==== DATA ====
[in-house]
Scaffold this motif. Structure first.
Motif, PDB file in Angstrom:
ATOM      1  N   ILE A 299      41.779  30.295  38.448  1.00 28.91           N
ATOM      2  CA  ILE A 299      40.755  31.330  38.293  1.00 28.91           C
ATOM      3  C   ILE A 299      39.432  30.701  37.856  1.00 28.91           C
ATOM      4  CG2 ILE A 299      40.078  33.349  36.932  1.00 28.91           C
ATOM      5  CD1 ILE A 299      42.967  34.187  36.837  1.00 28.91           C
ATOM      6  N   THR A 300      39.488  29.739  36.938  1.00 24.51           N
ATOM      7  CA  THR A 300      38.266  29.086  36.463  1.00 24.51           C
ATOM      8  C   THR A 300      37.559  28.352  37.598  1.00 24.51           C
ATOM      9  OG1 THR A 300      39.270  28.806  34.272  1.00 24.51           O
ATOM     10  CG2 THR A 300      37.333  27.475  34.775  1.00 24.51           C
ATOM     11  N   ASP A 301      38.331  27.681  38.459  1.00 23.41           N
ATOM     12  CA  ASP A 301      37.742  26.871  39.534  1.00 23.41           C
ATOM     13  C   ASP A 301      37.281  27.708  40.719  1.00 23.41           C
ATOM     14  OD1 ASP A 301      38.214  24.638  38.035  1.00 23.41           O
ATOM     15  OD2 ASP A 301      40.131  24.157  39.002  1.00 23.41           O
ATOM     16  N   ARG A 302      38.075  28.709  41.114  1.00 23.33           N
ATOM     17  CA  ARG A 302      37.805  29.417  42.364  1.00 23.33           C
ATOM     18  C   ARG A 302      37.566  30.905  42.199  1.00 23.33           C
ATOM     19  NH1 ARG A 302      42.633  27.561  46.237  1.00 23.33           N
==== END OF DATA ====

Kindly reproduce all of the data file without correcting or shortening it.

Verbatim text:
[in-house]
Scaffold this motif. Structure first.
Motif, PDB file in Angstrom:
ATOM      1  N   ILE A 299      41.779  30.295  38.448  1.00 28.91           N
ATOM      2  CA  ILE A 299      40.755  31.330  38.293  1.00 28.91           C
ATOM      3  C   ILE A 299      39.432  30.701  37.856  1.00 28.91           C
ATOM      4  CG2 ILE A 299      40.078  33.349  36.932  1.00 28.91           C
ATOM      5  CD1 ILE A 299      42.967  34.187  36.837  1.00 28.91           C
ATOM      6  N   THR A 300      39.488  29.739  36.938  1.00 24.51           N
ATOM      7  CA  THR A 300      38.266  29.086  36.463  1.00 24.51           C
ATOM      8  C   THR A 300      37.559  28.352  37.598  1.00 24.51           C
ATOM      9  OG1 THR A 300      39.270  28.806  34.272  1.00 24.51           O
ATOM     10  CG2 THR A 300      37.333  27.475  34.775  1.00 24.51           C
ATOM     11  N   ASP A 301      38.331  27.681  38.459  1.00 23.41           N
ATOM     12  CA  ASP A 301      37.742  26.871  39.534  1.00 23.41           C
ATOM     13  C   ASP A 301      37.281  27.708  40.719  1.00 23.41           C
ATOM     14  OD1 ASP A 301      38.214  24.638  38.035  1.00 23.41           O
ATOM     15  OD2 ASP A 301      40.131  24.157  39.002  1.00 23.41           O
ATOM     16  N   ARG A 302      38.075  28.709  41.114  1.00 23.33           N
ATOM     17  CA  ARG A 302      37.805  29.417  42.364  1.00 23.33           C
ATOM     18  C   ARG A 302      37.566  30.905  42.199  1.00 23.33           C
ATOM     19  NH1 ARG A 302      42.633  27.561  46.237  1.00 23.33           N